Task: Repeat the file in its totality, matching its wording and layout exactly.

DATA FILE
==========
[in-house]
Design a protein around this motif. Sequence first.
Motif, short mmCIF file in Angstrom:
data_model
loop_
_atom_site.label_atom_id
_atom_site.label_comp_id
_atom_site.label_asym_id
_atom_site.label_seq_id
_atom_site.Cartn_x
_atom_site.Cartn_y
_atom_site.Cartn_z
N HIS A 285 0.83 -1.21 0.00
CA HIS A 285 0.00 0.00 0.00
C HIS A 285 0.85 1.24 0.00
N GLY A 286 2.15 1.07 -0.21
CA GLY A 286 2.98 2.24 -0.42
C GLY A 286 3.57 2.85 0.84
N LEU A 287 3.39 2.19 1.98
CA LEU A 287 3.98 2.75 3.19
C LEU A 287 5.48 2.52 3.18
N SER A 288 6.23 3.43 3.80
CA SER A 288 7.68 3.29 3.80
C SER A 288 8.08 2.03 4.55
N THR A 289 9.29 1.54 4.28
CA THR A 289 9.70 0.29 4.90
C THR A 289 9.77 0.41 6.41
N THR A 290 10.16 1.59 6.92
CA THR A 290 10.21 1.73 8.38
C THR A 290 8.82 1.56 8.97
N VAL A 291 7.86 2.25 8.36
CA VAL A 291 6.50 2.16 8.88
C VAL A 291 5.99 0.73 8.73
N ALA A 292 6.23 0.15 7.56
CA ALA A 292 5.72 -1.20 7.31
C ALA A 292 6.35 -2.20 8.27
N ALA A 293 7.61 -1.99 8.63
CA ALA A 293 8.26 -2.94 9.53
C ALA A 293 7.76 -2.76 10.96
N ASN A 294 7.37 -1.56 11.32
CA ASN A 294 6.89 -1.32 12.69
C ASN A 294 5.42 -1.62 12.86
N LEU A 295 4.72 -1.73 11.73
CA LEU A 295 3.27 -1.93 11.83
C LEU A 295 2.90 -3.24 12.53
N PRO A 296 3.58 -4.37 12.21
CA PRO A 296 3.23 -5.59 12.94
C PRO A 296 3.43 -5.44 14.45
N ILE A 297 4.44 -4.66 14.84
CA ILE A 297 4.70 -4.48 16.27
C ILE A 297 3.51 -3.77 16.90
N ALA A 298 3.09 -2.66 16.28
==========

[in-house]
Design a protein around this motif. Sequence first.
Motif, short mmCIF file in Angstrom:
data_model
loop_
_atom_site.label_atom_id
_atom_site.label_comp_id
_atom_site.label_asym_id
_atom_site.label_seq_id
_atom_site.Cartn_x
_atom_site.Cartn_y
_atom_site.Cartn_z
N HIS A 285 0.83 -1.21 0.00
CA HIS A 285 0.00 0.00 0.00
C HIS A 285 0.85 1.24 0.00
N GLY A 286 2.15 1.07 -0.21
CA GLY A 286 2.98 2.24 -0.42
C GLY A 286 3.57 2.85 0.84
N LEU A 287 3.39 2.19 1.98
CA LEU A 287 3.98 2.75 3.19
C LEU A 287 5.48 2.52 3.18
N SER A 288 6.23 3.43 3.80
CA SER A 288 7.68 3.29 3.80
C SER A 288 8.08 2.03 4.55
N THR A 289 9.29 1.54 4.28
CA THR A 289 9.70 0.29 4.90
C THR A 289 9.77 0.41 6.41
N THR A 290 10.16 1.59 6.92
CA THR A 290 10.21 1.73 8.38
C THR A 290 8.82 1.56 8.97
N VAL A 291 7.86 2.25 8.36
CA VAL A 291 6.50 2.16 8.88
C VAL A 291 5.99 0.73 8.73
N ALA A 292 6.23 0.15 7.56
CA ALA A 292 5.72 -1.20 7.31
C ALA A 292 6.35 -2.20 8.27
N ALA A 293 7.61 -1.99 8.63
CA ALA A 293 8.26 -2.94 9.53
C ALA A 293 7.76 -2.76 10.96
N ASN A 294 7.37 -1.56 11.32
CA ASN A 294 6.89 -1.32 12.69
C ASN A 294 5.42 -1.62 12.86
N LEU A 295 4.72 -1.73 11.73
CA LEU A 295 3.27 -1.93 11.83
C LEU A 295 2.90 -3.24 12.53
N PRO A 296 3.58 -4.37 12.21
CA PRO A 296 3.23 -5.59 12.94
C PRO A 296 3.43 -5.44 14.45
N ILE A 297 4.44 -4.66 14.84
CA ILE A 297 4.70 -4.48 16.27
C ILE A 297 3.51 -3.77 16.90
N ALA A 298 3.09 -2.66 16.28